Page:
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Byte-Level Massively Multilingual Semantic Parsing
Massimo Nicosia | Francesco Piccinno
Proceedings of the Massively Multilingual Natural Language Understanding Workshop (MMNLU-22)

Token free approaches have been successfully applied to a series of word and span level tasks. In this work, we evaluate a byte-level sequence to sequence model (ByT5) on the 51 languages in the MASSIVE multilingual semantic parsing dataset. We examine multiple experimental settings: (i) zero-shot, (ii) full gold data and (iii) zero-shot with synthetic data. By leveraging a state-of-the-art label projection method for machine translated examples, we are able to reduce the gap in exact match to only 5 points with respect to a model trained on gold data from all the languages. We additionally provide insights on the cross-lingual transfer of ByT5 and show how the model compares with respect to mT5 across all parameter sizes.


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Translate & Fill: Improving Zero-Shot Multilingual Semantic Parsing with Synthetic Data
Massimo Nicosia | Zhongdi Qu | Yasemin Altun
Findings of the Association for Computational Linguistics: EMNLP 2021

While multilingual pretrained language models (LMs) fine-tuned on a single language have shown substantial cross-lingual task transfer capabilities, there is still a wide performance gap in semantic parsing tasks when target language supervision is available. In this paper, we propose a novel Translate-and-Fill (TaF) method to produce silver training data for a multilingual semantic parser. This method simplifies the popular Translate-Align-Project (TAP) pipeline and consists of a sequence-to-sequence filler model that constructs a full parse conditioned on an utterance and a view of the same parse. Our filler is trained on English data only but can accurately complete instances in other languages (i.e., translations of the English training utterances), in a zero-shot fashion. Experimental results on three multilingual semantic parsing datasets show that data augmentation with TaF reaches accuracies competitive with similar systems which rely on traditional alignment techniques.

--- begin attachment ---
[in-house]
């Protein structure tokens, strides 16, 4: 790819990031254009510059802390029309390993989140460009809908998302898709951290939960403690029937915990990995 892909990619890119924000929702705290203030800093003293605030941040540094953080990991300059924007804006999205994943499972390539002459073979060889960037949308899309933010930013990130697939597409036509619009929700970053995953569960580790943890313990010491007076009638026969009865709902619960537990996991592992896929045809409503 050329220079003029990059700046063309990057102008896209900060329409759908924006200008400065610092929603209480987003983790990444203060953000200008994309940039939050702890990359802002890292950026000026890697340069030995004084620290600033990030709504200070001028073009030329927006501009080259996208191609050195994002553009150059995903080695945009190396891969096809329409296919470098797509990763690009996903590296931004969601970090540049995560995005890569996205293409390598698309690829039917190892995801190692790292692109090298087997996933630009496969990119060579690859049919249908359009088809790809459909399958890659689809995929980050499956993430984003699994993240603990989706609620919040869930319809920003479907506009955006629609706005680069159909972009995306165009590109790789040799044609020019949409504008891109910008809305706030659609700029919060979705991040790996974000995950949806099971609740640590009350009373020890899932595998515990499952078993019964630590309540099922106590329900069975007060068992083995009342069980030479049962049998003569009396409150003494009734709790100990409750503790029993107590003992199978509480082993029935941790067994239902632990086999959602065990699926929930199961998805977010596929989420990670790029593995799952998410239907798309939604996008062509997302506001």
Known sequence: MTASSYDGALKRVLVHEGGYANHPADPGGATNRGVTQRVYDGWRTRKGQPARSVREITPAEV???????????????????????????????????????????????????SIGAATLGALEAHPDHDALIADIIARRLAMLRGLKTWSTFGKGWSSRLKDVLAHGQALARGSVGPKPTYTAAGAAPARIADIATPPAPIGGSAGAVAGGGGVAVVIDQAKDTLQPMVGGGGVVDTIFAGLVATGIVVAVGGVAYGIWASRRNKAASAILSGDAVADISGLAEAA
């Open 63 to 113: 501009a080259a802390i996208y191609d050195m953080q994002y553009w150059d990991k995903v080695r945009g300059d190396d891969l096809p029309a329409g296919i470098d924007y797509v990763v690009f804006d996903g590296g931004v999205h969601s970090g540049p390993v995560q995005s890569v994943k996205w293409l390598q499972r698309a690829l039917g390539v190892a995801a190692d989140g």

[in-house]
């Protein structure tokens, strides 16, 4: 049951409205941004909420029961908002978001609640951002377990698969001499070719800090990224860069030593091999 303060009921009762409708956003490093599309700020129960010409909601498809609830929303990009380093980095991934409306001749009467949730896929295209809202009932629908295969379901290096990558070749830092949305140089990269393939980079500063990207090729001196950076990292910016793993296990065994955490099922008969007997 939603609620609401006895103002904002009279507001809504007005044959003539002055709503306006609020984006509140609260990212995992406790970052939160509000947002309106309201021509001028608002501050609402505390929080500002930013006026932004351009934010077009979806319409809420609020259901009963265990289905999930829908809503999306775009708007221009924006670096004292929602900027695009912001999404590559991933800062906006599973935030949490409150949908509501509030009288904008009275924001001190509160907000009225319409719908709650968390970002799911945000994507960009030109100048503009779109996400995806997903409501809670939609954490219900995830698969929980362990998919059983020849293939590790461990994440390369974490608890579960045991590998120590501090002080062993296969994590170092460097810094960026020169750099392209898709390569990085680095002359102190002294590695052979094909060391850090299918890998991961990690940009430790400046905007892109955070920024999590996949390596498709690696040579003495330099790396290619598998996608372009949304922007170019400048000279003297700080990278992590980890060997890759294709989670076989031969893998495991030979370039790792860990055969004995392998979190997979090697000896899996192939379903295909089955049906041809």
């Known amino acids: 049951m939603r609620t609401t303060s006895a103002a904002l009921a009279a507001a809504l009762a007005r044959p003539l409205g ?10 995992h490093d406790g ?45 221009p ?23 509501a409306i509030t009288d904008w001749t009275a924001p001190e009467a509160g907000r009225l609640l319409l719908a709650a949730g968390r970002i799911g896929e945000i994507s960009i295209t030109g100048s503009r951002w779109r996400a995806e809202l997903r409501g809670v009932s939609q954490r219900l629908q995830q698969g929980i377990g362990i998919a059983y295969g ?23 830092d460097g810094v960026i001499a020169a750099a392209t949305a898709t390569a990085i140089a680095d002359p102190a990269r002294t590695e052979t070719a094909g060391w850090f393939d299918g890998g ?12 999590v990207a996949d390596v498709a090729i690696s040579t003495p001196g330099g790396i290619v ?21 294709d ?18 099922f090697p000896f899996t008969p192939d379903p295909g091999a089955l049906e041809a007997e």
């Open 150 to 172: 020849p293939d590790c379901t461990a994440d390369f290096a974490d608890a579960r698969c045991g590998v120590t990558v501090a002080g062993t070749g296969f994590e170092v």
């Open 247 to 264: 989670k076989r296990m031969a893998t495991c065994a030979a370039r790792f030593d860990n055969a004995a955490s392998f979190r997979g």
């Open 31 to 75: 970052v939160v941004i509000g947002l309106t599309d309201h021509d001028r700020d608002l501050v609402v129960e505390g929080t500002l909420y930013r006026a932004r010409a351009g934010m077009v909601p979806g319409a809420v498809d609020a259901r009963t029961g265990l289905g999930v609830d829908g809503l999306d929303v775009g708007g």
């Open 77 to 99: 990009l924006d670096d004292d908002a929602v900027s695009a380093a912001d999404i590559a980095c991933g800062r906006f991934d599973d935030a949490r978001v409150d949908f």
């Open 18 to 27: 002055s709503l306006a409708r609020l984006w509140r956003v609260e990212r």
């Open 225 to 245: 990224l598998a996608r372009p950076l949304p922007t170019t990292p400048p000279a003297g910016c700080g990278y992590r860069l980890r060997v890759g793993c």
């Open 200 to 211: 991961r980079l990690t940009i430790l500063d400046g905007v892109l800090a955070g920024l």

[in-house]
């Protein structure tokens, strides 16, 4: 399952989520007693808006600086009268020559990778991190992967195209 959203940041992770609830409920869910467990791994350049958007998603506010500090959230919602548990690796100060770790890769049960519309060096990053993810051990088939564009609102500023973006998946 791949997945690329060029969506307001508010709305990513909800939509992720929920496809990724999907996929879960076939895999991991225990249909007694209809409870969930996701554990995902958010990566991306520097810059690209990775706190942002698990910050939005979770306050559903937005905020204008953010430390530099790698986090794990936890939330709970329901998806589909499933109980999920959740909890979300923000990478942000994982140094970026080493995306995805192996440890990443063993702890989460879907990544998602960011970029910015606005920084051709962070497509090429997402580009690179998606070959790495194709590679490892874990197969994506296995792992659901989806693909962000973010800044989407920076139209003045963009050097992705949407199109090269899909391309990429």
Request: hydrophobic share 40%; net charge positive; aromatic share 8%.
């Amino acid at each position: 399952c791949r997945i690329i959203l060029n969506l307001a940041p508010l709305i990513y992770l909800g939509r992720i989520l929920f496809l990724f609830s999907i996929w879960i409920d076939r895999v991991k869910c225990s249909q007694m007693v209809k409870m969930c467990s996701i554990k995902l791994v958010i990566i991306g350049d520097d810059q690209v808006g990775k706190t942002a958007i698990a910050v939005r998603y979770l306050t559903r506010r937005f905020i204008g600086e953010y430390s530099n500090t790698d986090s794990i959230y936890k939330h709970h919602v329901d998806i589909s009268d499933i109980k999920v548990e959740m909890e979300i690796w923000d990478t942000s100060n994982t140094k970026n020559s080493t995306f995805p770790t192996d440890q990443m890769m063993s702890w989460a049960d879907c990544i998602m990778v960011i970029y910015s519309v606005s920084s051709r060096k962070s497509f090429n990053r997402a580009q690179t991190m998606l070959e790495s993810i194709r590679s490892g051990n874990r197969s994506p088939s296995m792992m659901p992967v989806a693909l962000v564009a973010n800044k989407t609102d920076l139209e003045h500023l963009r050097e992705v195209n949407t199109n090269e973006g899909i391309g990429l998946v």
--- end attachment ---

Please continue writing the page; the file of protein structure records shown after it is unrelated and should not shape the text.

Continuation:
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Answering Conversational Questions on Structured Data without Logical Forms
Thomas Mueller | Francesco Piccinno | Peter Shaw | Massimo Nicosia | Yasemin Altun
Proceedings of the 2019 Conference on Empirical Methods in Natural Language Processing and the 9th International Joint Conference on Natural Language Processing (EMNLP-IJCNLP)